Novartis subsidiary AveXis presented positive, updated data from three clinical trials of its one-dose gene therapy for spinal muscular atrophy (SMA), Zolgensma.
Zolgensma is already approved for SMA patients with bi-allelic mutations in the SMN1 gene in the US and Japan, but Novartis is awaiting approval in the European Union, Switzerland, Canada and Australia.
At a virtual session of the Muscular Dystrophy Association 2020 annual conference, Novartis presented data from the STR1VE-US study of patients with the most common form of the disease, SMA Type 1. The results showed 91% met the co-primary endpoint of event-free survival at 14 months, while 59% met the other co-primary endpoint of functional independent sitting for at least 30 seconds at 18 months old, a milestone never achieved in the natural history of this disease.
The STR1VE-US results also showed nine of 22 participants had achieved the composite endpoint of ‘ability to thrive’ at 18 months; this focuses on their ability to swallow and feed, as well as other age-appropriate weight maintenance measures.
Novartis also has published interim data from the SPR1NT study of presymptomatic babies with SMA.
This trial studied eight patients with two copies of the SMN2 gene, which is a different genetic mutation to Zolgensma’s current approved indication; seven of these were able to sit independently within the World Health Organisation’s window of normal development. The six remaining participants had not yet passed this development window as of 31 December 2019.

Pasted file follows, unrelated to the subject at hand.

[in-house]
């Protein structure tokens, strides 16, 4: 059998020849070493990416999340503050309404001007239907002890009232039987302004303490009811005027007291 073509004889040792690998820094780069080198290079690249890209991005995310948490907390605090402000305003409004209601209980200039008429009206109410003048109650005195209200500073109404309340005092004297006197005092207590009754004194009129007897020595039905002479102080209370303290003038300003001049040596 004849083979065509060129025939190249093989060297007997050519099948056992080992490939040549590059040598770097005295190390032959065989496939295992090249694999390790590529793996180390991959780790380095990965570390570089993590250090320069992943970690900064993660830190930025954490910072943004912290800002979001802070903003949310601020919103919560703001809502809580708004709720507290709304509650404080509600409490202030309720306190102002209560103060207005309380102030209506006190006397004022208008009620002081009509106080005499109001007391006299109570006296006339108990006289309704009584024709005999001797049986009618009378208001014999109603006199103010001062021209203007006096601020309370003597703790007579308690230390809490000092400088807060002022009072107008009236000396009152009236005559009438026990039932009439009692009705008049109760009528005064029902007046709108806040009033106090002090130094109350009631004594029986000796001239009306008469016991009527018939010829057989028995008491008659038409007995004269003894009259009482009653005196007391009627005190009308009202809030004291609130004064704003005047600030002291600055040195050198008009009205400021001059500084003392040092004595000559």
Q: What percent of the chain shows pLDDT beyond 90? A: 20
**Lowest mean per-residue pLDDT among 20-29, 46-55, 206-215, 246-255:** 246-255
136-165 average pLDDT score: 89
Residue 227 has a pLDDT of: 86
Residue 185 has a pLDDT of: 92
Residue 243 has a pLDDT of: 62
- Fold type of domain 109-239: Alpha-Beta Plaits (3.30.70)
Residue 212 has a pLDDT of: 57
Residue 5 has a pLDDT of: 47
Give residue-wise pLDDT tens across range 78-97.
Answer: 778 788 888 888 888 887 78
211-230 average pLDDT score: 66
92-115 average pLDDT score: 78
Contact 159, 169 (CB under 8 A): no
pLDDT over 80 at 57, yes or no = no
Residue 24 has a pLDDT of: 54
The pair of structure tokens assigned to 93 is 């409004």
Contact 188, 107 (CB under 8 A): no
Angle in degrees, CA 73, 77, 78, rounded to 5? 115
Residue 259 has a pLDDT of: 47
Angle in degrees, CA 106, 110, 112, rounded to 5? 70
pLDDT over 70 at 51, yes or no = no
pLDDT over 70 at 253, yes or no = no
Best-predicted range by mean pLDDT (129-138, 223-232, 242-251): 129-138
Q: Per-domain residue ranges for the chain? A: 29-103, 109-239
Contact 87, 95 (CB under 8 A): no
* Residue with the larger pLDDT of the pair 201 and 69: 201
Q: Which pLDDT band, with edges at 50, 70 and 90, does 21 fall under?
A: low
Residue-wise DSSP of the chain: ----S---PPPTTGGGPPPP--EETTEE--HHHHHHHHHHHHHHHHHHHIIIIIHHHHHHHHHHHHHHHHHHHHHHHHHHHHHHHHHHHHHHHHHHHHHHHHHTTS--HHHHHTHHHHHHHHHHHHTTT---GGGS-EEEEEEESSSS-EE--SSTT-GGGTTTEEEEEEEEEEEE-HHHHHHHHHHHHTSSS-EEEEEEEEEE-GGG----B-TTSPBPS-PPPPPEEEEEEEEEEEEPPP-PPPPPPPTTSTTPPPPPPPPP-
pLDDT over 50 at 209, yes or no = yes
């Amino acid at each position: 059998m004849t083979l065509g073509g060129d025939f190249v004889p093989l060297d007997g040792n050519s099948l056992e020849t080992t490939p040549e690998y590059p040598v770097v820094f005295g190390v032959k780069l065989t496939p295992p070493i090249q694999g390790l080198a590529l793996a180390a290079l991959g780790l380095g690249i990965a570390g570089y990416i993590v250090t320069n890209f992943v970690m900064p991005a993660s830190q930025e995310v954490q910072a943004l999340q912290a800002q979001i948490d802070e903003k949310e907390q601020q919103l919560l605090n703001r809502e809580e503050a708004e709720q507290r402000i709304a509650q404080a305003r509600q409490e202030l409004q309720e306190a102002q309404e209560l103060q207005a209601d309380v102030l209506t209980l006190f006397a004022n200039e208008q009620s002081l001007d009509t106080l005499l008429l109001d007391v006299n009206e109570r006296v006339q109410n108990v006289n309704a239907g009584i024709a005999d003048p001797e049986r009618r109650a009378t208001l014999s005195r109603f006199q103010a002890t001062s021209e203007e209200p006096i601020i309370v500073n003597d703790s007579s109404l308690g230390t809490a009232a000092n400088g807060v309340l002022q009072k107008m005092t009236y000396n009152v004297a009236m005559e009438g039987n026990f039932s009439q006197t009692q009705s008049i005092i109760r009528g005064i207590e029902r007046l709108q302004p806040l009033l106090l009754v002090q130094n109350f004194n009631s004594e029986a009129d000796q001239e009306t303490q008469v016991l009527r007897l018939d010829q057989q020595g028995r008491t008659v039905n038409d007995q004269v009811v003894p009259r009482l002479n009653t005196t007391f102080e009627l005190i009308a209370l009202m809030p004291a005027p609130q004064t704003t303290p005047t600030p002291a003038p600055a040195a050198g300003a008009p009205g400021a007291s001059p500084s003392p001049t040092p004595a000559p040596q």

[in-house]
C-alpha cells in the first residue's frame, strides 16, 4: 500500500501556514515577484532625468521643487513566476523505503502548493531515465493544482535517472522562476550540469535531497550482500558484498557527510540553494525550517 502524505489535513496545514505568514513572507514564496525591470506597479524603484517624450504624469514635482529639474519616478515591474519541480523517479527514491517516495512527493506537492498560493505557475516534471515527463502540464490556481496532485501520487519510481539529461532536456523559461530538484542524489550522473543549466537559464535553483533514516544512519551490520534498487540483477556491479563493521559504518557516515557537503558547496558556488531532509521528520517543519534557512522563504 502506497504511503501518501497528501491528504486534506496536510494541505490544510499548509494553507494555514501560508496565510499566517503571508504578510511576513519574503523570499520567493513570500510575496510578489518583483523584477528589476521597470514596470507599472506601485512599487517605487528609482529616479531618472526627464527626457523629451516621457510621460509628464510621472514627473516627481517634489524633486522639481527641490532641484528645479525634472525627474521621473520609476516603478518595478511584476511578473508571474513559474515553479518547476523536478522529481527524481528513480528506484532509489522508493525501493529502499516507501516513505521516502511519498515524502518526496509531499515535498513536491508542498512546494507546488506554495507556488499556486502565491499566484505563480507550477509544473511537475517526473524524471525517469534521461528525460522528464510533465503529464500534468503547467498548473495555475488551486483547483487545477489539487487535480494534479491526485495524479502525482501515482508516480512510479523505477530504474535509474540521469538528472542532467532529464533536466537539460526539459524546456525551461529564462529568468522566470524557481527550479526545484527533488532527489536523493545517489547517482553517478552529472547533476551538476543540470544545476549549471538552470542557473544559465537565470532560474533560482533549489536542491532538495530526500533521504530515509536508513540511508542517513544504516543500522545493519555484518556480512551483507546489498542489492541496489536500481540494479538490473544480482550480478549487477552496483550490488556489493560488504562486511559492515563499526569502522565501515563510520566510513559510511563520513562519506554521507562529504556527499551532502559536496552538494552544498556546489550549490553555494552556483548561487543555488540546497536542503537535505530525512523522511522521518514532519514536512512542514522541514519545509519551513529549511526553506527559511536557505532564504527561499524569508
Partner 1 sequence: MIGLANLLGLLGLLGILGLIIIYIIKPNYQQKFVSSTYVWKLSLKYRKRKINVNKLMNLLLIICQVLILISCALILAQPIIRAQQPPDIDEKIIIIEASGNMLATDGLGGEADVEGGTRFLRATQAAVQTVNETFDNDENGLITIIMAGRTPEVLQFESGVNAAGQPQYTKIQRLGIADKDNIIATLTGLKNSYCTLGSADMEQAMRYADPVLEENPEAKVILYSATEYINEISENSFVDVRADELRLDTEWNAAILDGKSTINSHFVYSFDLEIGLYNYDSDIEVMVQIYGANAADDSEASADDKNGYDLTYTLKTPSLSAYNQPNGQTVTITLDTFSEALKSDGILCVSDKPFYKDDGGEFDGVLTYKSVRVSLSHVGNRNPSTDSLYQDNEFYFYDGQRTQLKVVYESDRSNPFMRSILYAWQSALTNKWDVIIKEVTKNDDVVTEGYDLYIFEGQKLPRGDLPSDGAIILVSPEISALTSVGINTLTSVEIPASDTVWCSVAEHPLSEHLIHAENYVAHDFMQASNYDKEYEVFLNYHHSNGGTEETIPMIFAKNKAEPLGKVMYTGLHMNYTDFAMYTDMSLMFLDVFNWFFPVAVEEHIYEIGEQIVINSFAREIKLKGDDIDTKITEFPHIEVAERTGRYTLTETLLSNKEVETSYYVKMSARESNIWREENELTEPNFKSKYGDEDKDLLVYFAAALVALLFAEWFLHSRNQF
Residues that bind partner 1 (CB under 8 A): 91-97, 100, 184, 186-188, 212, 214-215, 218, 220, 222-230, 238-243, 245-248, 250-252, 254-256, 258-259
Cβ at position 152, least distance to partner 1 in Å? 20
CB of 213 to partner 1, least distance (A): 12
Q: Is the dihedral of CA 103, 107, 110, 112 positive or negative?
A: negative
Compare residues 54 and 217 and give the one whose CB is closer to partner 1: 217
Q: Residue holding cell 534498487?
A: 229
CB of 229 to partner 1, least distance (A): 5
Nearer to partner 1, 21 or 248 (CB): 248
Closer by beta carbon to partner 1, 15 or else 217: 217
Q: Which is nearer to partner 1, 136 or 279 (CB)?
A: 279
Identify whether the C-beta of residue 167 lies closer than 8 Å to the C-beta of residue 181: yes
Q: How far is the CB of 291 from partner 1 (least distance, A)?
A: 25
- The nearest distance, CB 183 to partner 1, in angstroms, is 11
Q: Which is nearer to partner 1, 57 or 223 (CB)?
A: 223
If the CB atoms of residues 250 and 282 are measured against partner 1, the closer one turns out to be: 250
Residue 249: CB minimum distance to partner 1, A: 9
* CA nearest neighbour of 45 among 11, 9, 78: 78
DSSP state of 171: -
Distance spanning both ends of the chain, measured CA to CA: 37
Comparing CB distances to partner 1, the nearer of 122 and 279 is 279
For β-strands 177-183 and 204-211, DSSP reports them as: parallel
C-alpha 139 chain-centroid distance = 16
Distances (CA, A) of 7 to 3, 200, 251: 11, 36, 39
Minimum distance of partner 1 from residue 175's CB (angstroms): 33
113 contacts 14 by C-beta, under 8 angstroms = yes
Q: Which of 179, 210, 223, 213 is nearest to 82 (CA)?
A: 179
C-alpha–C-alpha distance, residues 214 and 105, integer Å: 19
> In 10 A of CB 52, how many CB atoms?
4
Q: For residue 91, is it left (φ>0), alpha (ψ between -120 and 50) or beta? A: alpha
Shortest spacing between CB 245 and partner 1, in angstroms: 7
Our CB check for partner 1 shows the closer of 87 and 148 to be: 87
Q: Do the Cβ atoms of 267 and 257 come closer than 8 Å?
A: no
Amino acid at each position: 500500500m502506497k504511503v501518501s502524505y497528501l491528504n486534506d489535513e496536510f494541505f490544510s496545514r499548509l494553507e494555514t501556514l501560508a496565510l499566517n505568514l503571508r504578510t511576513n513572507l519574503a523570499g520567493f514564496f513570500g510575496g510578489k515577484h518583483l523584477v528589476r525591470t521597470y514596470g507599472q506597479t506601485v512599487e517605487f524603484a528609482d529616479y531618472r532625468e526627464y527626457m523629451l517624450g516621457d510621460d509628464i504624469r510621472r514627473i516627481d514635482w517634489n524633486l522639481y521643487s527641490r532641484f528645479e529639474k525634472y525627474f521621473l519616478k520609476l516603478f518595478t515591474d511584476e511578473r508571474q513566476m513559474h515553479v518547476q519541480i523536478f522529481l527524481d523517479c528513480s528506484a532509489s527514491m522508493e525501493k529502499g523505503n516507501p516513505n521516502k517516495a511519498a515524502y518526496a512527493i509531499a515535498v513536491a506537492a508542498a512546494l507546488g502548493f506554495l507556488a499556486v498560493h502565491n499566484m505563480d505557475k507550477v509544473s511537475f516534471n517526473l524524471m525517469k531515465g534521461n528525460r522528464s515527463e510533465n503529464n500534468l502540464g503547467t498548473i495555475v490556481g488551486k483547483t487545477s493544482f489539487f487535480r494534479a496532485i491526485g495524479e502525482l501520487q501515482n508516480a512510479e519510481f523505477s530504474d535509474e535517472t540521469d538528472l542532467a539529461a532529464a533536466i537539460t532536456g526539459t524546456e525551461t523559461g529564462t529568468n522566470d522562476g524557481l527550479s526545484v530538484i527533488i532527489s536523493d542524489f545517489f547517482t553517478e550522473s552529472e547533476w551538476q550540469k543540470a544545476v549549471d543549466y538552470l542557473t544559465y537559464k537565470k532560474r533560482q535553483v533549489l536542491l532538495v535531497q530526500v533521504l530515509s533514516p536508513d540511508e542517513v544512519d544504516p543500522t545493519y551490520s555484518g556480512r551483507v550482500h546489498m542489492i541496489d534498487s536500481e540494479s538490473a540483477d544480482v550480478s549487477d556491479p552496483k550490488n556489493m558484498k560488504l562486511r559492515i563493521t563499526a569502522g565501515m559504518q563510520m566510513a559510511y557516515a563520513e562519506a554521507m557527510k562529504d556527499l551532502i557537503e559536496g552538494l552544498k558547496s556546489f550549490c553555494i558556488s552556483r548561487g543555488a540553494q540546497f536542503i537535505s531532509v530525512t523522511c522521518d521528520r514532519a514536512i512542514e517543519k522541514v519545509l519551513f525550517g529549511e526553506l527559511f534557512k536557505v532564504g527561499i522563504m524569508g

The final Zolgensma study Novartis presented results from was the long-term, follow-up START trial. This study showed the durability of response from the single dose of the drug in patients up to five years post-infusion. All participants continued to maintain development milestones and two could stand with assistance, a new milestone.
AveXis chief medical officer Olga Santiago said: “SMA is a disease that robs babies of the ability to talk, eat, sit up and even breathe.
“In complete contrast to the natural course of the disease, patients who received Zolgensma soon after birth before the onset of symptoms are achieving age-appropriate motor milestone development – an extraordinary outcome for SMA patients.
“This SPR1NT data demonstrate the truly transformational impact a one-time dose of gene therapy can have, and further underscore the importance of new-born screening and early intervention to alter the course of the disease.”
The company’s chief business officer Lisa Deschamps said: “The bar for treatment efficacy in SMA Type 1 patients has been raised beyond event-free survival and motor milestone achievement, and the expectation is now that these patients maintain the ability to thrive, an unprecedented and challenging endpoint.
“Further, with hundreds of patients now treated, including some more than five years post-treatment and more than five years old, these new data further reinforce the profound benefit a one-time dose of Zolgensma has on SMA patients.”